On August 4, 2016, the CFPB issued its final mortgage servicing rule pursuant to Regulation X of the Real Estate Settlement Procedures Act (RESPA) and Regulation Z of the Truth in Lending Act (TILA). The final rule provides greater foreclosure protections to borrowers and requires further transparency between borrowers and mortgage servicers. The final rule provides borrowers with more guidance on the status of their loss mitigation efforts, and also expands the protections borrowers’ successors in interest (i.e., the borrowers’ surviving family members).
In January 2013, the CFPB pursuant to its authority under the Dodd-Frank Wall Street Reform and Consumer Protection Act, established rules for mortgage servicers. Thereafter, in November 2014, the CFPB proposed amendments, and last week, on August 4, 2016, the CFPB issued its new rule for mortgage servicers, adopting many of the amendments proposed in November 2014. Below is an overview of some of the more important changes introduced by the CFPB:
- Repeated Loss Mitigation: Servicers may be required to provide foreclosure prevention options, such as loan modifications, more than once during the life of the loan. Currently, mortgage services must provide foreclosure protections to a borrower only once during the life of a loan. Under the new rule, if a borrower has brought his or her loan current at any time since submitting his or her prior complete loss mitigation application, then the mortgage servicer will be required to offer foreclosure protections again.
- Successors in Interest: If a borrower dies, existing CFPB rules already require mortgage servicers to promptly identify and communicate with the borrower’s successors in interest, but the new rule will expand the definition of successors in interest. The new rule ensures that those who become the successor in interest on a borrower’s loan receive the same protections as the original borrower.
- Required Information for Borrowers in Bankruptcy: Under the old CFPB rules, a mortgage servicer was not required to provide periodic statement or loss mitigation information to borrowers in bankruptcy. The new rule requires servicers to provide borrowers in bankruptcy with periodic statements including specific information tailored for bankruptcy, as well as a modified written early intervention notice to inform borrowers in bankruptcy of their loss mitigation options.
- FDCPA Safe Harbor: Mortgage servicers will be required to provide modified written early intervention notices explaining loss mitigation options to borrowers even if the borrowers have asked the servicer to cease contacting them pursuant to the Fair Debt Collections Practices Act. You can find the FDCPA safe harbor rule here.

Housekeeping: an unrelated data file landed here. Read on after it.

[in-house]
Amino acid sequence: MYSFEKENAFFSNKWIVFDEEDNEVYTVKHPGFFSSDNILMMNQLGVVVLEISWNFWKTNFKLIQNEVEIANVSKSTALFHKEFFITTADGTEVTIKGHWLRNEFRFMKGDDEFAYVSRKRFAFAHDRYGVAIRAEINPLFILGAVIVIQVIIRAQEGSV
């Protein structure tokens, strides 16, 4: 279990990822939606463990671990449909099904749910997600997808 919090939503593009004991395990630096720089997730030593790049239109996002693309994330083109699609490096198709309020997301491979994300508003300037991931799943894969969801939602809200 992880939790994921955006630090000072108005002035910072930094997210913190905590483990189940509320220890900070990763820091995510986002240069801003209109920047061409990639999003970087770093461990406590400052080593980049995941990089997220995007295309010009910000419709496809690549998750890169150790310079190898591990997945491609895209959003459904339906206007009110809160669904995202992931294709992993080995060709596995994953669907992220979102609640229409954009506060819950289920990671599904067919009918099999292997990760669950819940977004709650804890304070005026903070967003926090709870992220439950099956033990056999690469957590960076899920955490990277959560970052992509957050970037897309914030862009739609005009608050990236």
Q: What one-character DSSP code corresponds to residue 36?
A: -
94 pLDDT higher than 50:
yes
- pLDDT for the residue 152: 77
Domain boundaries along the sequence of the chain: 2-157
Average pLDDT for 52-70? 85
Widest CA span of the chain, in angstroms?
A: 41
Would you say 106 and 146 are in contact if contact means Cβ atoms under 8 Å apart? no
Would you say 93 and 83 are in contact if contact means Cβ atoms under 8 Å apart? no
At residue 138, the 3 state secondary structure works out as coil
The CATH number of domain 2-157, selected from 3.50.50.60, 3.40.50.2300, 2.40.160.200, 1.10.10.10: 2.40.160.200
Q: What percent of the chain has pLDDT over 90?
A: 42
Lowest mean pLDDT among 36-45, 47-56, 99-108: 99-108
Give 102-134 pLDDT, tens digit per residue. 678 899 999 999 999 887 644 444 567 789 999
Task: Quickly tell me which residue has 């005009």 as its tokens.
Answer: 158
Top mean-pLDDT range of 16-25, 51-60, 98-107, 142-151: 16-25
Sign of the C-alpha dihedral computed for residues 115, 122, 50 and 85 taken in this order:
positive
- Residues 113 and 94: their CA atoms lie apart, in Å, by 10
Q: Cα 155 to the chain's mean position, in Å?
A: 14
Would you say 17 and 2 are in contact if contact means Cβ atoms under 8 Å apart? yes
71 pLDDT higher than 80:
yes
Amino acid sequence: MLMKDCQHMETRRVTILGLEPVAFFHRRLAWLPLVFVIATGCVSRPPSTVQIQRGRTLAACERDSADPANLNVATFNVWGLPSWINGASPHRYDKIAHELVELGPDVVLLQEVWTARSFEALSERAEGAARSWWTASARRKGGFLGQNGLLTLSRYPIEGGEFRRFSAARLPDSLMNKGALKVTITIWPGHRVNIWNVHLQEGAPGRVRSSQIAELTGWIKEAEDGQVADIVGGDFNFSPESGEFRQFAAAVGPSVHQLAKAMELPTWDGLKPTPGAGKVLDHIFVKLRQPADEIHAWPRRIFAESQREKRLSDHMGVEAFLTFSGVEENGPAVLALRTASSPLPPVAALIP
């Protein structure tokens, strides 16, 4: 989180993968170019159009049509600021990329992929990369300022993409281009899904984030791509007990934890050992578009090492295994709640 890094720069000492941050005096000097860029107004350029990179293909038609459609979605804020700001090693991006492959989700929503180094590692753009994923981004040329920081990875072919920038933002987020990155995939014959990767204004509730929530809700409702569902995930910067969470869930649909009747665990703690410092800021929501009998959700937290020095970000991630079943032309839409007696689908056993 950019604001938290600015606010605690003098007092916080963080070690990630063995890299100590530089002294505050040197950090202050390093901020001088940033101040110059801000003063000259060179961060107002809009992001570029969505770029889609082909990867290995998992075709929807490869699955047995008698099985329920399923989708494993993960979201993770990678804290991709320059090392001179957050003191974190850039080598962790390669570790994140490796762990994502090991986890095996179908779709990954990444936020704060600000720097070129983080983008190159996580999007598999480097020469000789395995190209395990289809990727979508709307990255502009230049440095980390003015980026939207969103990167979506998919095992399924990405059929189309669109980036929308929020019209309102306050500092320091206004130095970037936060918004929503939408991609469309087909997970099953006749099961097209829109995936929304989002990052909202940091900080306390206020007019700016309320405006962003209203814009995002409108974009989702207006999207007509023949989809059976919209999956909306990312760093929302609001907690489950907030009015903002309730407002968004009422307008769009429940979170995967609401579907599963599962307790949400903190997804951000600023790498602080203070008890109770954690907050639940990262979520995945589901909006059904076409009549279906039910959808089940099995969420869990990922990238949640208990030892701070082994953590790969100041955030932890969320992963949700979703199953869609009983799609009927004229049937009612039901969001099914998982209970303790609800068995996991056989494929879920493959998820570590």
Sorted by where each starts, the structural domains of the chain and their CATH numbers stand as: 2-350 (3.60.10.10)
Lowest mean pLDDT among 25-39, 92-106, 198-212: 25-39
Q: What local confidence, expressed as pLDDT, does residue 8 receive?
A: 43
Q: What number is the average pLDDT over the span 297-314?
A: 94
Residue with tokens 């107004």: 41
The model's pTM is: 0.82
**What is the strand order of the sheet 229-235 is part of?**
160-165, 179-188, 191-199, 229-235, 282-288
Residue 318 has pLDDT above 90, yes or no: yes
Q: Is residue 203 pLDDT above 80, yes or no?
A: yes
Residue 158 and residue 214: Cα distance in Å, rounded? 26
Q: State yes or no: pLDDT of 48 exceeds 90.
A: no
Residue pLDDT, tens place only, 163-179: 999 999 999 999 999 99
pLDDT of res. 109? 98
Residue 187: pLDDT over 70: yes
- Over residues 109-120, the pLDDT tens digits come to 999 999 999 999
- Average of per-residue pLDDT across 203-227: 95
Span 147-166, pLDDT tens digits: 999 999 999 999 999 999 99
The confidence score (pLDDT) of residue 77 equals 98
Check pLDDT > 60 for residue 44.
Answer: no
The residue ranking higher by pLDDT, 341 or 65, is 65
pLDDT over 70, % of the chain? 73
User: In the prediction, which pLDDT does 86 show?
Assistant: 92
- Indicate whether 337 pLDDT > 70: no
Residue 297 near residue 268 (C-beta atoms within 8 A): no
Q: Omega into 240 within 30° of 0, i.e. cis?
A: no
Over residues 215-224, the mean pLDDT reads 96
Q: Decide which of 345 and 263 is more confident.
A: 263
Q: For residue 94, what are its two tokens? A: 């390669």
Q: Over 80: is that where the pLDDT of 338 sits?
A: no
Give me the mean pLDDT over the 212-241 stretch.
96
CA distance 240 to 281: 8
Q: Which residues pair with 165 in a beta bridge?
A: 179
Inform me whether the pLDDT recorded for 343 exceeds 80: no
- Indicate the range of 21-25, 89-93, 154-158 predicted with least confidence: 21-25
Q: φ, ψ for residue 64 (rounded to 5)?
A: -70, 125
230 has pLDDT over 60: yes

- Loss Mitigation Status: Servicers are now required to inform borrowers in writing within 5 days of receiving the borrower’s complete loss mitigation application.
- Servicing Transfers and Loss Mitigation: The new rule requires mortgage servicers to comply with strict timelines regarding loss mitigation efforts. If a loan is transferred to a new servicer while loss mitigation efforts are underway, and the application was complete before the loan was transferred, then the servicer will have thirty (30) days to issue a decision on the loss mitigation application. If the borrower had applied for loss mitigation shortly before the loan was transferred, the new servicer must acknowledge the loss mitigation application within ten (10) business days of receiving the loan.
- Decision on Loss Mitigation Before Foreclosure: Before proceeding with foreclosure, any complete loss mitigation application must either be (1) properly denied, (2) withdrawn, or (3) the borrower failed to perform under the terms of the agreement.
- Defining Delinquency: The new rule defines delinquency as the period beginning on the date that the borrower’s periodic payment becomes due and is unpaid. If a borrower makes a payment, and the servicer applies the payment to the oldest outstanding periodic payment, then the borrower’s delinquency date advances.
- Partial Payment Discretion: Under certain circumstances, servicers will have discretion to consider a borrower as having made a timely payment, even if the borrower’s payment falls short of a full periodic payment.
Most of the provisions of the CFPB’s new rules for mortgage servicers will take effect twelve (12) months after publication in the Federal Register. However, the provisions related to borrowers’ successors in interests and provisions related to periodic statements for borrowers in bankruptcy will take effect eighteen (18) months after publication in the Federal Register.
Troutman Sanders advises many mortgage lenders and servicers in a number of areas, including regulatory and consumer compliance issues and litigation arising out of RESPA, TILA, the FDCPA, and other consumer protection statutes. Please contact us with us with any questions.